Also, not just your starting grip pressure, but your grip pressure throughout the swing can affect this too. A lot of people grip down tighter on the transition from the backswing to the forward swing. It really should be the same all the way through. A nice drill is to swing back and forth, a little more than half way each way, and concentrating on keeping the exact same pressure you had when you started the entire way through. That is, if you started with a 5 (or a 4 or a 2.5), then when you swing back make sure you are still at 5 (or 4 or 2.5) and then on your way down make sure you are still at 5 (or ...) and then at the end once again make sure you are still at 5 (or ...). If the club is moving at the transition, and that's making you re tighten you grip at the top, that can definitely cause blisters.

Lastly, I want to explain a little why too tight is very bad for a golf swing. The muscles in your forearms and wrists tighten up when you grip something, and hence there is a loss of flexibility. You don't want to lose flexibility in your wrist cock, for example, because that is the source of generating lag in your swing which turns into power. In a book written by Cochran and Stobbs called Search for the Perfect Swing they measured how large the range of motion in the cocking-uncocking direction correlates with grip tightness. A maximum tight grip has a zero degree range, as you might expect. Three-quarters maximum has a 26 degree range, half maximum tightness has a 57 degree range, one-quarter maximum tightness has a 70 degree range, and no tightness at all had a 77 degree range. You can see how too tight can really disrupt the cocking of your wrists and rob you of power.

Ultimately, you'll probably learn how everything seems to work better in the golf swing if there is a looseness or a flow to the swing. It is a hard habit to overcome, but there is also some truth in the saying "give up control to gain control" That includes holding on to the grip really tight.
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Hey, same problems here!

3M / NexCare makes a great 1/2" wide paper tape. I don't even notice it's there. When I practice, I know I'm going to hit 200 shots in a couple of hours. I tape the areas that tend to blister before practice.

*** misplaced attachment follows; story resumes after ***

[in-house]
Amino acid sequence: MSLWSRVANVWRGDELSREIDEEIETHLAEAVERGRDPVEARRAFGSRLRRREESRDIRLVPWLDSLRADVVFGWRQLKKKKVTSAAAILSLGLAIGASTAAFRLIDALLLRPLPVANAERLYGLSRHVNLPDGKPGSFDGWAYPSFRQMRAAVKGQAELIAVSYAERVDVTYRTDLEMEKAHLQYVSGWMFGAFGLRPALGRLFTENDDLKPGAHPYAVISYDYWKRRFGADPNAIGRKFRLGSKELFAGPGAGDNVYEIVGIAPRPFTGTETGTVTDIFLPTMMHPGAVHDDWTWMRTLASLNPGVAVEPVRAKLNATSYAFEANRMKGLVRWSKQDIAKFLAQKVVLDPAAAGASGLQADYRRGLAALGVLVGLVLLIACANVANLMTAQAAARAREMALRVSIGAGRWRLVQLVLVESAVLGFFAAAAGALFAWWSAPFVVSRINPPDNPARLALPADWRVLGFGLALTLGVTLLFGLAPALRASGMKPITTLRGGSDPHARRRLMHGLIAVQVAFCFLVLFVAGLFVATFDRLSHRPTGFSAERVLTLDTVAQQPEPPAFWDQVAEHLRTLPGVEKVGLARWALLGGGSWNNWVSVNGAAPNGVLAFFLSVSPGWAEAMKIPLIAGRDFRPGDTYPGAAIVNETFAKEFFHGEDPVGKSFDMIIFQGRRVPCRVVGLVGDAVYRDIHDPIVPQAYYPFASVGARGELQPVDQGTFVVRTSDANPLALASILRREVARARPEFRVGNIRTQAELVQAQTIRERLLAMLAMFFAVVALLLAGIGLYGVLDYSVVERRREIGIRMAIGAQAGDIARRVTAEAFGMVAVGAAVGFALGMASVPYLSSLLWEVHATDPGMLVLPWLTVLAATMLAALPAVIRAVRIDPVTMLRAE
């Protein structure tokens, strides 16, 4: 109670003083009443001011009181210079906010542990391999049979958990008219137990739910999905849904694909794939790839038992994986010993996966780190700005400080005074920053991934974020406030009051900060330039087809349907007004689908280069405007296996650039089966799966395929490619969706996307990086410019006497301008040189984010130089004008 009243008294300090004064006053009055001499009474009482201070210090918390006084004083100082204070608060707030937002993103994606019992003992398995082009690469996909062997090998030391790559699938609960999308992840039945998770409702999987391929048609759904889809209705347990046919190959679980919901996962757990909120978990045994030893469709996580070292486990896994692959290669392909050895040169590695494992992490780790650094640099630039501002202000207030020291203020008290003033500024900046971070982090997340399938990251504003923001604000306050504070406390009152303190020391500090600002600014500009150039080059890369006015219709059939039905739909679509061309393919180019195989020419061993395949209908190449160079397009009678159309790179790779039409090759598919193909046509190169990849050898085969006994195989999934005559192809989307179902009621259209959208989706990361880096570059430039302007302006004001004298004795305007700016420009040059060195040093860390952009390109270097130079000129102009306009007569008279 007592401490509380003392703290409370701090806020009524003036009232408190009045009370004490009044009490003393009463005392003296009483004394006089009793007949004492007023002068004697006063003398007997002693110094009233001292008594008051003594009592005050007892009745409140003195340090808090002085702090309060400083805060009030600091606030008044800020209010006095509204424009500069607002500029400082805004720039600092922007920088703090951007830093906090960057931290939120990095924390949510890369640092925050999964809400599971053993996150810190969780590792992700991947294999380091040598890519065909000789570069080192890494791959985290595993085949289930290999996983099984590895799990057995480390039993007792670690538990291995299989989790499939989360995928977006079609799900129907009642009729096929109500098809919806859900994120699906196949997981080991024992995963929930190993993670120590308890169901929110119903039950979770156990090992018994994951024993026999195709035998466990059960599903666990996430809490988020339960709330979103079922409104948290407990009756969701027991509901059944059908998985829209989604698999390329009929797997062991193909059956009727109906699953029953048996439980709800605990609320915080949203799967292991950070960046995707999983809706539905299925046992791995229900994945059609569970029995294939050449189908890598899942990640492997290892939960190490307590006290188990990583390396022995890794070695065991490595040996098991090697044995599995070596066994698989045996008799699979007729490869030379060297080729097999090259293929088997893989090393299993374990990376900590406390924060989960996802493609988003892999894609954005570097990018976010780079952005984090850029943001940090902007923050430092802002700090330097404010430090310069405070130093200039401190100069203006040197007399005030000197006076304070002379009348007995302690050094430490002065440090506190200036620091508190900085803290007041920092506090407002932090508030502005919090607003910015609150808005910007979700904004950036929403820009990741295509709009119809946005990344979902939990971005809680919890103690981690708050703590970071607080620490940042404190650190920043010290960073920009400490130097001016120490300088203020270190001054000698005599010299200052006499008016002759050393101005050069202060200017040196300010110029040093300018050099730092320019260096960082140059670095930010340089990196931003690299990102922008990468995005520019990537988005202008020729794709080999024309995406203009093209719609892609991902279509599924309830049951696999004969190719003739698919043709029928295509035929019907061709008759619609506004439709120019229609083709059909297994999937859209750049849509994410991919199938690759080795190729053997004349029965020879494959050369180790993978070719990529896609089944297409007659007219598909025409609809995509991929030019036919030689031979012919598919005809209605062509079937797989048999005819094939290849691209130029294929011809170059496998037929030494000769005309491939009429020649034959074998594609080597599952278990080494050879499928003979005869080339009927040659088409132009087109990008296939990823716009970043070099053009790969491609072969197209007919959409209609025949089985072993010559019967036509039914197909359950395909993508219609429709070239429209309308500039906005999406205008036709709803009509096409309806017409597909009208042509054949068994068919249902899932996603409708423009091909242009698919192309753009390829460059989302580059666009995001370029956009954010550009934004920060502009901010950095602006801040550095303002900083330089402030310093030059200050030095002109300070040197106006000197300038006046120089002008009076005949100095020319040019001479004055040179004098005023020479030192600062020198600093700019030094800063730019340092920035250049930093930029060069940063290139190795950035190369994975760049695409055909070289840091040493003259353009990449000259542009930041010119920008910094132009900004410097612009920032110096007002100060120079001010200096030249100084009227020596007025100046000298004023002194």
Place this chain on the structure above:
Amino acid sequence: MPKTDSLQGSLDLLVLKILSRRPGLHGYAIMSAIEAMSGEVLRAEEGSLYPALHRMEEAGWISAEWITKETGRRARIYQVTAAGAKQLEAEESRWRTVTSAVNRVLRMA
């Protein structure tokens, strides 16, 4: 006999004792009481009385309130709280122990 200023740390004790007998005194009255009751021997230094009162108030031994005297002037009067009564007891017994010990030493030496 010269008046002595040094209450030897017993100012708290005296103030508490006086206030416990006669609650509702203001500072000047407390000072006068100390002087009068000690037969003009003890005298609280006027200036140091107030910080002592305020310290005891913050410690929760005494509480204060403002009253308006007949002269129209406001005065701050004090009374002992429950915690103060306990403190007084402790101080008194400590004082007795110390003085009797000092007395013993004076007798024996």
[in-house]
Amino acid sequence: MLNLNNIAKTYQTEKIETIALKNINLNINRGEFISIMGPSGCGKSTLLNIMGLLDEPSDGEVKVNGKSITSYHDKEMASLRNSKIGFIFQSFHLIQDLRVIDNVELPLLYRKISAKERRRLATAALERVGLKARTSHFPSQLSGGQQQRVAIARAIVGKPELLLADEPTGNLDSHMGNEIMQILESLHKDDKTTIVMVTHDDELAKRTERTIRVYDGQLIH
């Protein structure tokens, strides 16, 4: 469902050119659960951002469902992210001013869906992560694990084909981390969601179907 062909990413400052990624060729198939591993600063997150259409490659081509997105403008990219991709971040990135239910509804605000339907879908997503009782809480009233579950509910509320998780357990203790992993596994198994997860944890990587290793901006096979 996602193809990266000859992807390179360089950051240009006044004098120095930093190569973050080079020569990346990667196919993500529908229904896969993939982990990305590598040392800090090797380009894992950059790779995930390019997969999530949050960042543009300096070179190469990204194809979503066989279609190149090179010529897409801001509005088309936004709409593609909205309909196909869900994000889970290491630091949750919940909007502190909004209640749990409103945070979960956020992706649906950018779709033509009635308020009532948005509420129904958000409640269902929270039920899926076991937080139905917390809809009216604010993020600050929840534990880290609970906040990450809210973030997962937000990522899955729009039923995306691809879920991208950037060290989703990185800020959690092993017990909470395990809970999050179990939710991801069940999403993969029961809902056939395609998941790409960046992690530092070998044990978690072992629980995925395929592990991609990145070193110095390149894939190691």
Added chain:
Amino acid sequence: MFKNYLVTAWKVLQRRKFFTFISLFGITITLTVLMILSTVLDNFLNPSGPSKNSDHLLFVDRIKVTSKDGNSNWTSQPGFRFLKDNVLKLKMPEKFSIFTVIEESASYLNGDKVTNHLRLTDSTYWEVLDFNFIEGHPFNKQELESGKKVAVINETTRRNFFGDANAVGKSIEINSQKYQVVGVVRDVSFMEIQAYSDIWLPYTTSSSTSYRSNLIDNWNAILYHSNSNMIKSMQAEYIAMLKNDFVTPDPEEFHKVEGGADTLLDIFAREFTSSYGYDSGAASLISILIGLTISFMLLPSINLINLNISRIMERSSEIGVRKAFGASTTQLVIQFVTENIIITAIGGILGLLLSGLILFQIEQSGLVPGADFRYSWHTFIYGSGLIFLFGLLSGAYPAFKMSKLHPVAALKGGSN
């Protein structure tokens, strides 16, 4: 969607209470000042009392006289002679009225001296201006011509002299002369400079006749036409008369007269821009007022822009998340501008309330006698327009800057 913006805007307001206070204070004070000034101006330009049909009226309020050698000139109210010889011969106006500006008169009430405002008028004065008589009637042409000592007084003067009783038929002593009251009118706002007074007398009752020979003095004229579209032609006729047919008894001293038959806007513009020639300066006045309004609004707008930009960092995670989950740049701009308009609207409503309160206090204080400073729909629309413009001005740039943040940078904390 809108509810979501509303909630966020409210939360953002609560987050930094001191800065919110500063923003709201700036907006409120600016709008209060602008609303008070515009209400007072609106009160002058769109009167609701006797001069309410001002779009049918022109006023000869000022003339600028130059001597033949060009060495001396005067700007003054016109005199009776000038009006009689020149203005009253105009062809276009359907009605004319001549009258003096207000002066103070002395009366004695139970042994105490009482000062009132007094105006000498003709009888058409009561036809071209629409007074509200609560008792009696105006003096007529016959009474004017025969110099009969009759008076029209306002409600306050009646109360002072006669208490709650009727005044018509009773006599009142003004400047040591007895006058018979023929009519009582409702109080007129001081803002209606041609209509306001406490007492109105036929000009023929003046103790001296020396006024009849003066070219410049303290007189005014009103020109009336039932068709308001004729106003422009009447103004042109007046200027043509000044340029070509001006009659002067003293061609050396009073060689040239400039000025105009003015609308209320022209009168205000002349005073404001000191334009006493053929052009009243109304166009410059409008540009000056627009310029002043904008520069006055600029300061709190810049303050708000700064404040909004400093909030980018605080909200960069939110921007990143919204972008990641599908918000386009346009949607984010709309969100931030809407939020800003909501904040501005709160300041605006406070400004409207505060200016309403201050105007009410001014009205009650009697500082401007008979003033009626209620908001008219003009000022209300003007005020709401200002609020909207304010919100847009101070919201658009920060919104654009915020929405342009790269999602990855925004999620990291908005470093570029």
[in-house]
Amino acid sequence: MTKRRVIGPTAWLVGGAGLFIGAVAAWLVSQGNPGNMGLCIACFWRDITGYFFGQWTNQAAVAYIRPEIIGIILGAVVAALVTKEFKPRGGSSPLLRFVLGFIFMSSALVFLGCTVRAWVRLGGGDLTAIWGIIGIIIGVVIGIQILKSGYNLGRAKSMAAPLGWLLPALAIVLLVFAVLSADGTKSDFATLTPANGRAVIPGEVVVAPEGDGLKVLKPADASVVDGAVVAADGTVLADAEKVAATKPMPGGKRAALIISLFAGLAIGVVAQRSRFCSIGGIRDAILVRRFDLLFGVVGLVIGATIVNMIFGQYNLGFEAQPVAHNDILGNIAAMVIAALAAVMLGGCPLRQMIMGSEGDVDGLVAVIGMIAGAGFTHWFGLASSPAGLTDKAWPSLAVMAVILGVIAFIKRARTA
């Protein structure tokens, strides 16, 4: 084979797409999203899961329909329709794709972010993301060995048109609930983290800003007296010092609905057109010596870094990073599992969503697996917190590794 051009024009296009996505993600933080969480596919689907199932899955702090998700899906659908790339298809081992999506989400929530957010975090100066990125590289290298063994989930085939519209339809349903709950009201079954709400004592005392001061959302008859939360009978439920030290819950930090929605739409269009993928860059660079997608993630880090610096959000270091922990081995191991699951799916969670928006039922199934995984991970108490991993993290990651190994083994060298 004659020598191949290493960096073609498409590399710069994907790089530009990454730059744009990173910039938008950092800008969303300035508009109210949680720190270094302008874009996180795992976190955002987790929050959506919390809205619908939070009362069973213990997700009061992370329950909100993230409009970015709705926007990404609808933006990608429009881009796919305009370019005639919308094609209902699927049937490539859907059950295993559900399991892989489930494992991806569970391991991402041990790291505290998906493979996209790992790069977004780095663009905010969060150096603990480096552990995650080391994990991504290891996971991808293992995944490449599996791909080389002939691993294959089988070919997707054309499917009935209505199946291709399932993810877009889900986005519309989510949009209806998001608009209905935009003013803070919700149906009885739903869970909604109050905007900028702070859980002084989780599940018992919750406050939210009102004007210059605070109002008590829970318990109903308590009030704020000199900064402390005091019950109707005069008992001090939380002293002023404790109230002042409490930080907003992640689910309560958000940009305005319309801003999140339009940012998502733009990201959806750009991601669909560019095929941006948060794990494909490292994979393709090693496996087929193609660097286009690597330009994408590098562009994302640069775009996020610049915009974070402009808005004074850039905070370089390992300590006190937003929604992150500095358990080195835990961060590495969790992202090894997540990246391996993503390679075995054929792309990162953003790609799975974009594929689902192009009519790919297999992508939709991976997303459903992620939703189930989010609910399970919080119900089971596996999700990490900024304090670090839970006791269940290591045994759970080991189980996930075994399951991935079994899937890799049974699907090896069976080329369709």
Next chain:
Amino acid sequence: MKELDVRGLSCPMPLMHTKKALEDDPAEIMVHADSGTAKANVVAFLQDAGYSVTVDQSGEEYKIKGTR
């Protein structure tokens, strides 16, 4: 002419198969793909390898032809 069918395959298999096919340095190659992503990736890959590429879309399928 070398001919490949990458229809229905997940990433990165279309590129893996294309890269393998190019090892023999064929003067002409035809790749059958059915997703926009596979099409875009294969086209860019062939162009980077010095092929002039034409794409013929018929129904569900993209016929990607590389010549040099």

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3M / NexCare makes a great 1/2" wide paper tape. I don't even notice it's there. When I practice, I know I'm going to hit 200 shots in a couple of hours. I tape the areas that tend to blister before practice.

I do the same until I am ready for such a load!

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maybe you are as we say in scotland just a big jesse

I would take a swing at that softball is I wasn't already in trouble with Iacas

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I had my first lesson a few days ago and one of the man things was fixing my very weak grip to strong/actually normal. ... ...

Oh, you are stressing skin on your hands in places you never used before with that new grip.

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only time i ever had blisters was when i was first learning golf....first half of a year....most of the problem was in my club control...taking the club back too fast...and forcing the club on the down swing...

once i was able to control to a slow accelerating back swing...and to a "natural" stop as the body coils back....to a accelerating uncoil of the body with max power at impact with ball....

instructor told me....your swing is key...the hands should only be the connecting attachment between your arm and club....you get blisters when your hands try to control the path or force of the swing...(also..i notice people who have more of a "baseball bat grip" tend to have callus or get blisters)

not sure if this make any sense..but it did for me..and i no longer get blisters...and hands are baby soft....